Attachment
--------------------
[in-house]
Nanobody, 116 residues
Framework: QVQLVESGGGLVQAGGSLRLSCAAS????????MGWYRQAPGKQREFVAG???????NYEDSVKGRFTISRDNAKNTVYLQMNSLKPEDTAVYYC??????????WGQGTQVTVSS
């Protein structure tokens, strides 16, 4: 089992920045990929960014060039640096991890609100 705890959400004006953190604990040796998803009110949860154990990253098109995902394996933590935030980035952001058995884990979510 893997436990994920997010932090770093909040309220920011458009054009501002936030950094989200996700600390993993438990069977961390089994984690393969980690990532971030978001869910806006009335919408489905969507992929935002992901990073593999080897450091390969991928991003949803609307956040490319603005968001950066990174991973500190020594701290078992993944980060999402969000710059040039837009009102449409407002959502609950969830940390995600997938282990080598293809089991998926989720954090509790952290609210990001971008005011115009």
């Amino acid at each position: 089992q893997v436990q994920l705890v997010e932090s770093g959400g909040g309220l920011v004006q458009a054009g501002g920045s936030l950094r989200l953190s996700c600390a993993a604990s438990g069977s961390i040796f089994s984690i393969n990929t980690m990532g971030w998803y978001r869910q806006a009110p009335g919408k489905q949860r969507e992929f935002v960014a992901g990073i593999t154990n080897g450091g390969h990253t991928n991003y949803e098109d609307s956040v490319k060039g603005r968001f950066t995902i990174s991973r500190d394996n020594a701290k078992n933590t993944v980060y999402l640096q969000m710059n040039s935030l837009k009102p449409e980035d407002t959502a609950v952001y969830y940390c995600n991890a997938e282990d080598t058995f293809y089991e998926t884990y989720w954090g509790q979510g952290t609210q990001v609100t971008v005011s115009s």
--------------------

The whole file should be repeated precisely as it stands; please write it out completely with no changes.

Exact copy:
[in-house]
Nanobody, 116 residues
Framework: QVQLVESGGGLVQAGGSLRLSCAAS????????MGWYRQAPGKQREFVAG???????NYEDSVKGRFTISRDNAKNTVYLQMNSLKPEDTAVYYC??????????WGQGTQVTVSS
């Protein structure tokens, strides 16, 4: 089992920045990929960014060039640096991890609100 705890959400004006953190604990040796998803009110949860154990990253098109995902394996933590935030980035952001058995884990979510 893997436990994920997010932090770093909040309220920011458009054009501002936030950094989200996700600390993993438990069977961390089994984690393969980690990532971030978001869910806006009335919408489905969507992929935002992901990073593999080897450091390969991928991003949803609307956040490319603005968001950066990174991973500190020594701290078992993944980060999402969000710059040039837009009102449409407002959502609950969830940390995600997938282990080598293809089991998926989720954090509790952290609210990001971008005011115009």
């Amino acid at each position: 089992q893997v436990q994920l705890v997010e932090s770093g959400g909040g309220l920011v004006q458009a054009g501002g920045s936030l950094r989200l953190s996700c600390a993993a604990s438990g069977s961390i040796f089994s984690i393969n990929t980690m990532g971030w998803y978001r869910q806006a009110p009335g919408k489905q949860r969507e992929f935002v960014a992901g990073i593999t154990n080897g450091g390969h990253t991928n991003y949803e098109d609307s956040v490319k060039g603005r968001f950066t995902i990174s991973r500190d394996n020594a701290k078992n933590t993944v980060y999402l640096q969000m710059n040039s935030l837009k009102p449409e980035d407002t959502a609950v952001y969830y940390c995600n991890a997938e282990d080598t058995f293809y089991e998926t884990y989720w954090g509790q979510g952290t609210q990001v609100t971008v005011s115009s």